As reported in NJ.Com, the New Jersey League of Municipalities stopped short of taking an official position on Gov. Chris Christie’s proposed pension reforms but stated the proposed changes could disenfranchise workers and trigger a mass exodus of local workers.  Executive Director Bill Dressel shared the league’s concerns in a letter to the governor late last week, saying it had concerns about some of the recommendations and wants a seat at the table.

“There are questions being raised by municipal officials both in a capacity as an employer, because we’re the ones responsible for paying the bills, and from the workforce perspective,” Dressel said today.

A special commission appointed by Christie released a long-awaited report last week recommending drastic changes to the state’s pension and heath plans, including freezing the existing pension system and moving active employees into a hybrid of a traditional defined-benefit pension plan and a 401(k)-like defined-contribution plan.

Dressel said his group has not taken a formal position on the proposal and stated that changes are necessary.  However Dressel also stated that “these are major white knuckle issues that have got to be discussed.”  and “The proposal to freeze existing pensions, without qualification, could inspire the mass exodus of key local administrators and professionals, giving them no time to train and mentor their successors,.”  “This loss of experience and expertise would have a deleterious impact on the efficiency and effectiveness of local programs and services.”

In accordance with Christie’s proposed plan Employees’ health care coverage would also be reduced and they would have to pay more out of pocket toward their health care coverage. In exchange, the state would constitutionally protect pension payments after decades of shortchanging them.  How interesting–another proposed promise to fund the pension system from Governor Christie.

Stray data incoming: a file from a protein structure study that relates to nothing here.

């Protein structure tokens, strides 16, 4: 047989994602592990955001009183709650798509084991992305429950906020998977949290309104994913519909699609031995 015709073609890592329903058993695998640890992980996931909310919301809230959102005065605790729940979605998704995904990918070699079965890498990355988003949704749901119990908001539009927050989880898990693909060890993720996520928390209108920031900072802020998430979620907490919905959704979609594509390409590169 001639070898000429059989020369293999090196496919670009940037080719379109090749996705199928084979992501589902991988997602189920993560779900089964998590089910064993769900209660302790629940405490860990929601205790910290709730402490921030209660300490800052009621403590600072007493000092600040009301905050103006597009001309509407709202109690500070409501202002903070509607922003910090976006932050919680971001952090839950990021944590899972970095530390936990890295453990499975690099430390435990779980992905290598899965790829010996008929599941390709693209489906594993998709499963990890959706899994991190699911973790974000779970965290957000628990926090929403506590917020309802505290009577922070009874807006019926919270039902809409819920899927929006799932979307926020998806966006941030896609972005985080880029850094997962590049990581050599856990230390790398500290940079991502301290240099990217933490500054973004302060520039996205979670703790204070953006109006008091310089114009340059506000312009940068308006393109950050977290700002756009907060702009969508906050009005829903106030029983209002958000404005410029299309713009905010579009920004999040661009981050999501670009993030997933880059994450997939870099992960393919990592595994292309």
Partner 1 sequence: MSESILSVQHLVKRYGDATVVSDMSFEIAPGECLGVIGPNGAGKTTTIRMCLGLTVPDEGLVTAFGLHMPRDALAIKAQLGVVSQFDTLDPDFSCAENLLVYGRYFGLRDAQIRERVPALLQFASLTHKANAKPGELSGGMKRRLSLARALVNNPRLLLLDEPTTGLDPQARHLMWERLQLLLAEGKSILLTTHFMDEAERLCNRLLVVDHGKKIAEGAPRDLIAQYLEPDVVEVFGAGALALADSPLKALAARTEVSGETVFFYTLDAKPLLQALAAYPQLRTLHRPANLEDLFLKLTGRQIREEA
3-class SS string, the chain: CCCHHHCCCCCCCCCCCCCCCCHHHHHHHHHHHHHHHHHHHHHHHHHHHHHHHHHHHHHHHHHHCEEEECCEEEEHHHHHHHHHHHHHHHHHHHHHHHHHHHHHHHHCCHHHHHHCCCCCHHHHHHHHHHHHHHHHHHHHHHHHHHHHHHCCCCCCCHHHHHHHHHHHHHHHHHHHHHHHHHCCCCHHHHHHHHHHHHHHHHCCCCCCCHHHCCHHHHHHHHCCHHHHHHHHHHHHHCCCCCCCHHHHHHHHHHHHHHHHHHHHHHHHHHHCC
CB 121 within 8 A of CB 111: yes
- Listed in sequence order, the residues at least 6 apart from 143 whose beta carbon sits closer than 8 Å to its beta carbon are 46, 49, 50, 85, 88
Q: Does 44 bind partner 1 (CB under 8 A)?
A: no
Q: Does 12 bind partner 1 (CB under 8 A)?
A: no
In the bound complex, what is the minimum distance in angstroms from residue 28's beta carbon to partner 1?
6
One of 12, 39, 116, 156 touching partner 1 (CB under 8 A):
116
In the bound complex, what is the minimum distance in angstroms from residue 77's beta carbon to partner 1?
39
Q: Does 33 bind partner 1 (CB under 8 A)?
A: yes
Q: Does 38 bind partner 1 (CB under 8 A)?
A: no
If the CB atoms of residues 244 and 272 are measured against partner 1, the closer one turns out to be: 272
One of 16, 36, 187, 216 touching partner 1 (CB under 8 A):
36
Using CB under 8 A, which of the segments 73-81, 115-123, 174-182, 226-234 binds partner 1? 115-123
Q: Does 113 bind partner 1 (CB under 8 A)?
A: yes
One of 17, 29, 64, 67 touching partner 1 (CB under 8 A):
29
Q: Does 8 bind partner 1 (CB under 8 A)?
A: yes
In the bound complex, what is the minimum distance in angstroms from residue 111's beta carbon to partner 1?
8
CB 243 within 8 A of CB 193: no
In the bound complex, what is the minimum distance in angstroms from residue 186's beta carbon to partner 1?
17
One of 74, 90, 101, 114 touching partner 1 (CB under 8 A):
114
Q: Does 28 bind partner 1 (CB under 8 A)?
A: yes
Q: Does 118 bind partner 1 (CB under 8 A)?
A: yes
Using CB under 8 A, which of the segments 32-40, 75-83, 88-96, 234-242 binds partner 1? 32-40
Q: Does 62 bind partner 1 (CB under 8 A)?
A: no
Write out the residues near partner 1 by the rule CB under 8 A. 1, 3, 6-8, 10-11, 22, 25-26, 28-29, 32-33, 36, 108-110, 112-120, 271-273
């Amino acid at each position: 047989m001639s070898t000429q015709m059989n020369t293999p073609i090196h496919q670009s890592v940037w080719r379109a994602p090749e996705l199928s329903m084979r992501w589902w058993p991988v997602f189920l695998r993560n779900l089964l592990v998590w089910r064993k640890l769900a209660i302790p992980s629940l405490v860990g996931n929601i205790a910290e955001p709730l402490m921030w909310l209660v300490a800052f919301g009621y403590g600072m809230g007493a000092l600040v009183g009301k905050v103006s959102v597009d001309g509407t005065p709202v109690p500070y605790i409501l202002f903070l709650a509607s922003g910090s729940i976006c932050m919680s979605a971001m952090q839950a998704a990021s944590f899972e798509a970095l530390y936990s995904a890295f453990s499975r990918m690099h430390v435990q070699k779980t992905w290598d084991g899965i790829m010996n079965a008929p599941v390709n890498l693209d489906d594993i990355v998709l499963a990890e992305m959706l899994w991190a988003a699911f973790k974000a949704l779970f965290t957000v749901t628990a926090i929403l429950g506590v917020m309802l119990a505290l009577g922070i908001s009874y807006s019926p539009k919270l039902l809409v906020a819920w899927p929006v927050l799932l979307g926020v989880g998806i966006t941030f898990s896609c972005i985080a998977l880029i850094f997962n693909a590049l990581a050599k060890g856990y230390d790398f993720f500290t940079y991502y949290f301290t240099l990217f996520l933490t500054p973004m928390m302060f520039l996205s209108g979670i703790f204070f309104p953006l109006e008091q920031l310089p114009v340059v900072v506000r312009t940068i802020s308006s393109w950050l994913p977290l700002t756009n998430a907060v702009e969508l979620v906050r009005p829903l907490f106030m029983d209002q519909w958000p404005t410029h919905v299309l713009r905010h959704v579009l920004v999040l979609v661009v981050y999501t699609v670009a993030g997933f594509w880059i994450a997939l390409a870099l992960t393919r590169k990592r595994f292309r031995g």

Christie’s commission noted in its report that aspects of the plan would likely be unpopular, but that its members “believe in time they will be viewed as the best way to move forward.”  The commission stressed that with $83 billion in unfunded pension liabilities, $53 billion in unfunded health care liabilities and soaring annual pension payments, New Jersey can little afford to drag its feet on making these changes.  “The need for urgency in adopting a solution cannot be overstressed. The already narrow window for a reasonable solution is closing fast,” the commission wrote.

The New Jersey League of  Municipalities is often viewed as  a “conservative” organization that often opposes proposed legislation that favors public employee rights regarding employment.  The fact that this organization is calling Christie’s proposed plan into questions should leave the Governor scratching his head and questioning whether there is a better option available.

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Photo of Frank M. Crivelli Frank M. Crivelli

Frank M. Crivelli’s practice revolves around the representation of over eighty-five (85) labor unions in various capacities, the majority of which bargain for law enforcement entities. He is proud to be called on a daily basis to provide counsel to over 12,000 state…